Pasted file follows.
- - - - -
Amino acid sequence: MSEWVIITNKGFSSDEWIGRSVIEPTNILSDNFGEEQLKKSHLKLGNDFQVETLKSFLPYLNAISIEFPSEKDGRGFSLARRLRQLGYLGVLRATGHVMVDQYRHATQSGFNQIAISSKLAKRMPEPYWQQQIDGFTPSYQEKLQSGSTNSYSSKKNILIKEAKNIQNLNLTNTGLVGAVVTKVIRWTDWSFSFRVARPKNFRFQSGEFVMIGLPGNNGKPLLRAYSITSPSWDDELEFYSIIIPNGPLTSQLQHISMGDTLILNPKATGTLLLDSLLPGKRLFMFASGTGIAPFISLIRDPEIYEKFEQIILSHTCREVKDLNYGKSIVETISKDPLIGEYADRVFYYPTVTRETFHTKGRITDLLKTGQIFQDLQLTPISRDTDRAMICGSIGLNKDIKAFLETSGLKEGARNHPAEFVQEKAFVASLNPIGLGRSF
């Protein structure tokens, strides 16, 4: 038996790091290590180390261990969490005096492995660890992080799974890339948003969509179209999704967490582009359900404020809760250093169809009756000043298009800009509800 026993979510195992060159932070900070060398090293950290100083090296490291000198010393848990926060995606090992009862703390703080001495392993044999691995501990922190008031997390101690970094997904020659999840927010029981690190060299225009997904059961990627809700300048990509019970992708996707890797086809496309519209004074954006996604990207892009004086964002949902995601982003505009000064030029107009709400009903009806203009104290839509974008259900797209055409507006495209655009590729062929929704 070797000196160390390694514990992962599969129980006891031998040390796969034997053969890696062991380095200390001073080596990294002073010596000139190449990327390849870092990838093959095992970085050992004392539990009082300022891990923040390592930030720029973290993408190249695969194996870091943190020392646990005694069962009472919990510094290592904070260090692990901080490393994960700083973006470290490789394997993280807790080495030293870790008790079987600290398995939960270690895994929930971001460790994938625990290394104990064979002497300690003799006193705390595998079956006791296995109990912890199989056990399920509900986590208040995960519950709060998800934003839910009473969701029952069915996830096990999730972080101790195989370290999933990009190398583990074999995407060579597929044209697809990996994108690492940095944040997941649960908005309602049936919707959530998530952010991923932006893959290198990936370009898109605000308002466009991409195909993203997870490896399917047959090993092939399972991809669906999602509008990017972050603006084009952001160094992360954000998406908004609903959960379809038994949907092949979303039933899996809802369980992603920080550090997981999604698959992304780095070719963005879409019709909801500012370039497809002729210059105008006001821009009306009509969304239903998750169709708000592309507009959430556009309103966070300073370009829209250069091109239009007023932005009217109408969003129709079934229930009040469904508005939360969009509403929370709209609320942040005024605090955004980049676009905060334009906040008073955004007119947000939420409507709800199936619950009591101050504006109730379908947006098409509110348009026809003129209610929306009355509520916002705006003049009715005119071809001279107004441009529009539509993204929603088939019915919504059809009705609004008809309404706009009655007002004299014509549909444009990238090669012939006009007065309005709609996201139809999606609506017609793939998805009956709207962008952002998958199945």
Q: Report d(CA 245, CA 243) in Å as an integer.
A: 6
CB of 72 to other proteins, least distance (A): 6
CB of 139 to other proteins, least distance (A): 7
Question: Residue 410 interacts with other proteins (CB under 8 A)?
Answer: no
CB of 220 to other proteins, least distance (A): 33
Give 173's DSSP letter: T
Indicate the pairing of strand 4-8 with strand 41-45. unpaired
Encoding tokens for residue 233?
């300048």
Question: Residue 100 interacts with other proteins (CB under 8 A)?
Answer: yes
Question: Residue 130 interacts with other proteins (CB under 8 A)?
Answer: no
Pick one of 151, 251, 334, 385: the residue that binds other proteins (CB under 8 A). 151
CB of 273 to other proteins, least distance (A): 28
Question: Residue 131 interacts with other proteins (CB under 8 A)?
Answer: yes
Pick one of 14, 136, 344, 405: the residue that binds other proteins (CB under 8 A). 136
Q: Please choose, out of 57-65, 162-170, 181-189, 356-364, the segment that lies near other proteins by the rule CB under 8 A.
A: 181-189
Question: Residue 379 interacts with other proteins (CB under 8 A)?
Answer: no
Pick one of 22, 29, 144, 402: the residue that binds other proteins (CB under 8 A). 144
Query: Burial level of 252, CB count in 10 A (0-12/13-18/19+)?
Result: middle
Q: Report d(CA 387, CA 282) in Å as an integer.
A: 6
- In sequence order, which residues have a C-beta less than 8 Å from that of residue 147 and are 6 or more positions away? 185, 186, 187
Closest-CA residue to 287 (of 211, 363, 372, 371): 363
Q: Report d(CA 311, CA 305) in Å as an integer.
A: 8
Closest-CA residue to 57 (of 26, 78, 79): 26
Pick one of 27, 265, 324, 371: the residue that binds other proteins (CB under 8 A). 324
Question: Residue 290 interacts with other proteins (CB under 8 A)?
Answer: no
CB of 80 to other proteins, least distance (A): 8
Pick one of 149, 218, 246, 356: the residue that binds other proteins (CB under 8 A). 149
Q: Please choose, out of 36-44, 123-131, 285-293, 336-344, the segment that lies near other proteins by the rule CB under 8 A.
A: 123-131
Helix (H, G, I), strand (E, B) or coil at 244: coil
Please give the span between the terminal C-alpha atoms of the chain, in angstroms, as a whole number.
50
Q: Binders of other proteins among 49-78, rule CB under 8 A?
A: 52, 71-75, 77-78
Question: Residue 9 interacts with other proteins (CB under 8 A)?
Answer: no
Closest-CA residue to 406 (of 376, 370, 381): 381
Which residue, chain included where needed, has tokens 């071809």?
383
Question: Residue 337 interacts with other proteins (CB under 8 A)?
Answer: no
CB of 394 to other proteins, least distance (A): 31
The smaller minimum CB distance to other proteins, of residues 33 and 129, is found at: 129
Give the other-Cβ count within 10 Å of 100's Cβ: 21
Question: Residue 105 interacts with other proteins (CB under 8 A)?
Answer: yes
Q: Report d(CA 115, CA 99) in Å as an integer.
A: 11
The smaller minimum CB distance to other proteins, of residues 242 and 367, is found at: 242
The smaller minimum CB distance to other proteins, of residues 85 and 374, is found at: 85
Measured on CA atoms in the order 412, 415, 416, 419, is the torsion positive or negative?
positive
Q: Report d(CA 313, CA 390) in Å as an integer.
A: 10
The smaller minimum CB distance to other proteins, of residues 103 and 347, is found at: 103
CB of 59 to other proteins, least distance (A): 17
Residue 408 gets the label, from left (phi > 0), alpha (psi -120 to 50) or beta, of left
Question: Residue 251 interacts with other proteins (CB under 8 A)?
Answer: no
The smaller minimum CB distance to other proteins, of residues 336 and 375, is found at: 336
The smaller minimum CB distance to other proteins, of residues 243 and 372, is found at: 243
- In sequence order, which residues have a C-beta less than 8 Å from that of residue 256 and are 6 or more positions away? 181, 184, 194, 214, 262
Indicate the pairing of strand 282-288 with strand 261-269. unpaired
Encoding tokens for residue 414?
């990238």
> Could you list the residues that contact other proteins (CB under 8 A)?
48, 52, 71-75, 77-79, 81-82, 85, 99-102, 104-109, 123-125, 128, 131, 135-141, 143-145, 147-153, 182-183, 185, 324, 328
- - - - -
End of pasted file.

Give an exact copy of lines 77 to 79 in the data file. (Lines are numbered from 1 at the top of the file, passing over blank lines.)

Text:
Indicate the pairing of strand 282-288 with strand 261-269. unpaired
Encoding tokens for residue 414?
């990238």